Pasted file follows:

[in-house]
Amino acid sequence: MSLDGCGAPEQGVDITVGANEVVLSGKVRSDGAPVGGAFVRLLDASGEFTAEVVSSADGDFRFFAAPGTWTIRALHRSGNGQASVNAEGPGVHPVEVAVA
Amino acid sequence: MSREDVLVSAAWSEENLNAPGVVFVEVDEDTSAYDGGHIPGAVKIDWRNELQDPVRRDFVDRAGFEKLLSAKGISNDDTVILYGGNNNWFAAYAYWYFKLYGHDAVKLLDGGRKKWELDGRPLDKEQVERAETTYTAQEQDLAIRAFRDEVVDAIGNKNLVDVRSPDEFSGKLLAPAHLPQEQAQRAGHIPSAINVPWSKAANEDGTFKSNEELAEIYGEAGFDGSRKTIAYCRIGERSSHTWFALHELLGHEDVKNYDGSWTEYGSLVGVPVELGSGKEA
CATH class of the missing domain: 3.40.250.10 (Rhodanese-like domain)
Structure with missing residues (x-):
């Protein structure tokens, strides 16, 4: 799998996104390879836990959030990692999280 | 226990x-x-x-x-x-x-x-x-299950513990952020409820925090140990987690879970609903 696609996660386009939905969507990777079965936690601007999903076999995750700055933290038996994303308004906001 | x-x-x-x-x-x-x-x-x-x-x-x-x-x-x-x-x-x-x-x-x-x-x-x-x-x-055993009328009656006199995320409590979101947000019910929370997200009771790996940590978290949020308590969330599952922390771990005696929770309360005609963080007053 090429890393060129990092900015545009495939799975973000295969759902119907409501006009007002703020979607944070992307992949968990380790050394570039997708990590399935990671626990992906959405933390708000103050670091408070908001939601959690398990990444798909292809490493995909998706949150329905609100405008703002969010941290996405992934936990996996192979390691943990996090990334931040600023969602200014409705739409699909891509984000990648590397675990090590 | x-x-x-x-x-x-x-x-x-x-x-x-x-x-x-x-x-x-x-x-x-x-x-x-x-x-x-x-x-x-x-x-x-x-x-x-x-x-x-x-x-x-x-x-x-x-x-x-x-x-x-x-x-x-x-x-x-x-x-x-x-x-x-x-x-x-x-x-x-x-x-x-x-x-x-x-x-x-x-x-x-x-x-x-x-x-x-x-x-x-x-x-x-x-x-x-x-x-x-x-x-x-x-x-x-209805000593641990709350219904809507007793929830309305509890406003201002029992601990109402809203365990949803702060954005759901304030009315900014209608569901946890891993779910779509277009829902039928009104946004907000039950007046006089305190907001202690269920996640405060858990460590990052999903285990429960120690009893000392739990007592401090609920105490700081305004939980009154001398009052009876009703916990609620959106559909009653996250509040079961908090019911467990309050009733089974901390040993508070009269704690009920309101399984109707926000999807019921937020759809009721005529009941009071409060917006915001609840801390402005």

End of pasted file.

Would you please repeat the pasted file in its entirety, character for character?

[in-house]
Amino acid sequence: MSLDGCGAPEQGVDITVGANEVVLSGKVRSDGAPVGGAFVRLLDASGEFTAEVVSSADGDFRFFAAPGTWTIRALHRSGNGQASVNAEGPGVHPVEVAVA
Amino acid sequence: MSREDVLVSAAWSEENLNAPGVVFVEVDEDTSAYDGGHIPGAVKIDWRNELQDPVRRDFVDRAGFEKLLSAKGISNDDTVILYGGNNNWFAAYAYWYFKLYGHDAVKLLDGGRKKWELDGRPLDKEQVERAETTYTAQEQDLAIRAFRDEVVDAIGNKNLVDVRSPDEFSGKLLAPAHLPQEQAQRAGHIPSAINVPWSKAANEDGTFKSNEELAEIYGEAGFDGSRKTIAYCRIGERSSHTWFALHELLGHEDVKNYDGSWTEYGSLVGVPVELGSGKEA
CATH class of the missing domain: 3.40.250.10 (Rhodanese-like domain)
Structure with missing residues (x-):
């Protein structure tokens, strides 16, 4: 799998996104390879836990959030990692999280 | 226990x-x-x-x-x-x-x-x-299950513990952020409820925090140990987690879970609903 696609996660386009939905969507990777079965936690601007999903076999995750700055933290038996994303308004906001 | x-x-x-x-x-x-x-x-x-x-x-x-x-x-x-x-x-x-x-x-x-x-x-x-x-x-055993009328009656006199995320409590979101947000019910929370997200009771790996940590978290949020308590969330599952922390771990005696929770309360005609963080007053 090429890393060129990092900015545009495939799975973000295969759902119907409501006009007002703020979607944070992307992949968990380790050394570039997708990590399935990671626990992906959405933390708000103050670091408070908001939601959690398990990444798909292809490493995909998706949150329905609100405008703002969010941290996405992934936990996996192979390691943990996090990334931040600023969602200014409705739409699909891509984000990648590397675990090590 | x-x-x-x-x-x-x-x-x-x-x-x-x-x-x-x-x-x-x-x-x-x-x-x-x-x-x-x-x-x-x-x-x-x-x-x-x-x-x-x-x-x-x-x-x-x-x-x-x-x-x-x-x-x-x-x-x-x-x-x-x-x-x-x-x-x-x-x-x-x-x-x-x-x-x-x-x-x-x-x-x-x-x-x-x-x-x-x-x-x-x-x-x-x-x-x-x-x-x-x-x-x-x-x-x-209805000593641990709350219904809507007793929830309305509890406003201002029992601990109402809203365990949803702060954005759901304030009315900014209608569901946890891993779910779509277009829902039928009104946004907000039950007046006089305190907001202690269920996640405060858990460590990052999903285990429960120690009893000392739990007592401090609920105490700081305004939980009154001398009052009876009703916990609620959106559909009653996250509040079961908090019911467990309050009733089974901390040993508070009269704690009920309101399984109707926000999807019921937020759809009721005529009941009071409060917006915001609840801390402005």